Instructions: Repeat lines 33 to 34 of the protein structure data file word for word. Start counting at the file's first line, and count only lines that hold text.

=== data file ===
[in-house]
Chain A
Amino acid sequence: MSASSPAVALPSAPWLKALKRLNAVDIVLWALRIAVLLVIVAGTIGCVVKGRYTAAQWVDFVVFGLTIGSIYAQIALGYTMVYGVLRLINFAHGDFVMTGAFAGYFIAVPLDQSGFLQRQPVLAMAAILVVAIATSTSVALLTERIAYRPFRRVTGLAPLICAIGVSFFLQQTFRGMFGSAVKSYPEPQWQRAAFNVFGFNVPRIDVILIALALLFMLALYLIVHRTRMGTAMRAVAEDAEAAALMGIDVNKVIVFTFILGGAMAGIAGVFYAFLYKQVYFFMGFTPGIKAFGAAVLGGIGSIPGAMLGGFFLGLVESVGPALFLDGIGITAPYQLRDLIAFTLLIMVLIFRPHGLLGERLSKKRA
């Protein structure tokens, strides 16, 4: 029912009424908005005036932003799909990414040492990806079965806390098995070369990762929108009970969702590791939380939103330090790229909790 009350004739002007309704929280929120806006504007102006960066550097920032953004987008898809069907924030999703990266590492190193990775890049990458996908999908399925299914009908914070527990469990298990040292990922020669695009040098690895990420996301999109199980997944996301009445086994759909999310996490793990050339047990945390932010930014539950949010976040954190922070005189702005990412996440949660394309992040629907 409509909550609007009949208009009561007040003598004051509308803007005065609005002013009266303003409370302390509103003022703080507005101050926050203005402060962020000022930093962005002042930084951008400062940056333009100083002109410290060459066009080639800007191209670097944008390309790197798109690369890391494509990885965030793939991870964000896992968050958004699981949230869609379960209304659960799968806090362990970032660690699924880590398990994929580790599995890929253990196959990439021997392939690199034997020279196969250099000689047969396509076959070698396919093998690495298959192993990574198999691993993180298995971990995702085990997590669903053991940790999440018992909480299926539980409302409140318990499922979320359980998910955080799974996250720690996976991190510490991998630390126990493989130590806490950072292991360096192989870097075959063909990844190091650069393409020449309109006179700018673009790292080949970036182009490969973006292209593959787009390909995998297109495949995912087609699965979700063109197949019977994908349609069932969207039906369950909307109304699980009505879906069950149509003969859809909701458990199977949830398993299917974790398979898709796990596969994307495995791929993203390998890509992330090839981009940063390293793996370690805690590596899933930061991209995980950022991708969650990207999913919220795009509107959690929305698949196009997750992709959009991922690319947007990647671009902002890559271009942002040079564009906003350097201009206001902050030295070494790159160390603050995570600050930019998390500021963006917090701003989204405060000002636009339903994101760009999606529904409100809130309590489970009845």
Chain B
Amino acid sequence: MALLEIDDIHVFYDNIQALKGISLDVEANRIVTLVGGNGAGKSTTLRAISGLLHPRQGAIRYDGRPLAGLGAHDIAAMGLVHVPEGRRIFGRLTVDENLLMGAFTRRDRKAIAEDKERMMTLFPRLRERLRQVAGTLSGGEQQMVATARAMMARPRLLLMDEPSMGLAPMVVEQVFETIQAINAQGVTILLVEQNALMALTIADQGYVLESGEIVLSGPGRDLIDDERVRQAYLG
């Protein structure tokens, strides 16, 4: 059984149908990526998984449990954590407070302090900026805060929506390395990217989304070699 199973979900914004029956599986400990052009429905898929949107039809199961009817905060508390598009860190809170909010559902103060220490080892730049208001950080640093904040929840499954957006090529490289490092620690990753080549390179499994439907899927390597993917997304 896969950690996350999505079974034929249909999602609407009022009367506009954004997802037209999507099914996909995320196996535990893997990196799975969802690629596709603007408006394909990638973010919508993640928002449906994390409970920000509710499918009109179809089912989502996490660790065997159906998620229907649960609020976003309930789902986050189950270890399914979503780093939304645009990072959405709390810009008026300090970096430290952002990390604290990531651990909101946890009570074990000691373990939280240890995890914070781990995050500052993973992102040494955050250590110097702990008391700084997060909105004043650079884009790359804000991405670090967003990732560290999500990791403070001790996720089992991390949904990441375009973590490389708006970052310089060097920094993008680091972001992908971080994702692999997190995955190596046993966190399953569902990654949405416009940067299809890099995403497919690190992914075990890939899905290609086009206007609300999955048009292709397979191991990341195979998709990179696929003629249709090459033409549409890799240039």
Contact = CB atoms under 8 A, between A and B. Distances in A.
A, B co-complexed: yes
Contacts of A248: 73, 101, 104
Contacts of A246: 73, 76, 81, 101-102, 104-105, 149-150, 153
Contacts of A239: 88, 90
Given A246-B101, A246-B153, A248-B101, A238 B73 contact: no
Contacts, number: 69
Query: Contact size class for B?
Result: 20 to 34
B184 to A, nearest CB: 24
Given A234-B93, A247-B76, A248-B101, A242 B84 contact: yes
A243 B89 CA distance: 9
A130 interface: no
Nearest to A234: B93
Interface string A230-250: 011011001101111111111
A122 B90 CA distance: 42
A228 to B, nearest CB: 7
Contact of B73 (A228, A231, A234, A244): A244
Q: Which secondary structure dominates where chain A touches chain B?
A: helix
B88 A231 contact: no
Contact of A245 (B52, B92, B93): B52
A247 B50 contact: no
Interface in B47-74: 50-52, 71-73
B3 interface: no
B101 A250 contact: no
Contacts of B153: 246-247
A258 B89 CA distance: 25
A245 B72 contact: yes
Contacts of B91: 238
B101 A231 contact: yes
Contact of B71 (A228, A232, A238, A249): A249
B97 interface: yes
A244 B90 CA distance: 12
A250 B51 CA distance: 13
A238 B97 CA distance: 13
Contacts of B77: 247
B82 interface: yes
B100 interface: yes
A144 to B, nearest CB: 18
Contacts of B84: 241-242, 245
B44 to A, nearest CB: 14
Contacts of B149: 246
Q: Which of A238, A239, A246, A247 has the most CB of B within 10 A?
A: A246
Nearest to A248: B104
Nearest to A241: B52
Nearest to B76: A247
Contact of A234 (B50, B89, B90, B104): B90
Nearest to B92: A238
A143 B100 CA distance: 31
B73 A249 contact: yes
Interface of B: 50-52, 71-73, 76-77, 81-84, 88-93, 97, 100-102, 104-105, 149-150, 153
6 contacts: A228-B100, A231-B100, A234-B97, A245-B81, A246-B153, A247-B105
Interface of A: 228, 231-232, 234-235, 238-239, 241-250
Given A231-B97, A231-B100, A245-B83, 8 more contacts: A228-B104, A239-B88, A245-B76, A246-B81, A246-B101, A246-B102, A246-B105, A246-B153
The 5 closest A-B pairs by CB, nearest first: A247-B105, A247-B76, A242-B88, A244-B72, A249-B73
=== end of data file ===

B101 A250 contact: no
Contacts of B153: 246-247